He might think he's billy big balls or the next Rambo action hero out there saving the day, but he won't be the poor sod making the call to is Next of Kin to say he's been crushed to death. Nor will he be the one having to deal the the HSE & police when they come and shut down operations whilst they crawl all over the scene and paperwork, investigate and perhaps even go to court for. He also won't be the numerous poor sods who will have the sight of smeared, mangled and crushed body of a colleague immutably etched into their memories for ever more.

To add insult to injury more, as he was acting outside of his remit, skills and role, his actions would also likely stop his dependants receiving compensation for his death and possibly plunging them into financial turmoil.
 

Seastoke

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After reading this again , it sounds like bull, how can one mane save 2, 20 metre steel boats . You should b e working for Spielberg.
 

Egbod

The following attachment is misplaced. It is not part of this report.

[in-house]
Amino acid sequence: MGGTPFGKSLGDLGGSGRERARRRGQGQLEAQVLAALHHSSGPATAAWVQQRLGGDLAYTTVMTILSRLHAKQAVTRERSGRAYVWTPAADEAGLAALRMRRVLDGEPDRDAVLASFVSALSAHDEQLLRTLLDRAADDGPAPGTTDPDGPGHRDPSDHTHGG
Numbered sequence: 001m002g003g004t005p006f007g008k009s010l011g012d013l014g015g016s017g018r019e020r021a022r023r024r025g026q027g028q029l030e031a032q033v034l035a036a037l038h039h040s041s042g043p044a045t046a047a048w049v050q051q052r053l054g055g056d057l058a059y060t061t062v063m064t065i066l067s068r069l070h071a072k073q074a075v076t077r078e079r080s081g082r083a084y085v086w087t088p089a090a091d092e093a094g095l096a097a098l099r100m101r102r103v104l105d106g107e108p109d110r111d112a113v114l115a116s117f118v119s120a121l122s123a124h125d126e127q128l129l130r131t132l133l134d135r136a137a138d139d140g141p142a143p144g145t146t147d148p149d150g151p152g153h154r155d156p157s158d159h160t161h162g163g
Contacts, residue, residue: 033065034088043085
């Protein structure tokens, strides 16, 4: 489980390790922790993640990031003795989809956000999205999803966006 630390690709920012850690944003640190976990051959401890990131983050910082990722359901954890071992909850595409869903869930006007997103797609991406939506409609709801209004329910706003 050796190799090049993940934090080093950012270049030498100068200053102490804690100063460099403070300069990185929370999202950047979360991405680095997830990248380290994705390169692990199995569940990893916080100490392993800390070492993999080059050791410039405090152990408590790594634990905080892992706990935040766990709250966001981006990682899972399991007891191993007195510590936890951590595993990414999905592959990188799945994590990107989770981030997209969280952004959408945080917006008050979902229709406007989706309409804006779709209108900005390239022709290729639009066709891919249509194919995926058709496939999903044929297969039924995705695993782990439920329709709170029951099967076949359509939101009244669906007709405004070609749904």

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My possibly outdated viewpoint is based on what I was told about RNLI some years ago.
The RNLI would never claim salvage. The crew could claim salvage (but this is very rare). If the crew claim then they have to pay the costs of the lifeboat which they do not own.
Any salvage paid would be reduced to take account of the crew were not risking their own vessel. I must emphasise that this interpretation may not be valid in 2023.
 

14K478

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My possibly outdated viewpoint is based on what I was told about RNLI some years ago.
The RNLI would never claim salvage. The crew could claim salvage (but this is very rare). If the crew claim then they have to pay the costs of the lifeboat which they do not own.
Any salvage paid would be reduced to take account of the crew were not risking their own vessel. I must emphasise that this interpretation may not be valid in 2023.
It is still correct but it is now almost unheard of for an RNLI crew to make a claim. The RNLI have the rule because, long ago, many lifeboats were manned by “longshoremen” who would otherwise have manned their own beach boats to get to a casualty and claim salvage, rather than man the RNLI lifeboat and get nothing.
 

Poecheng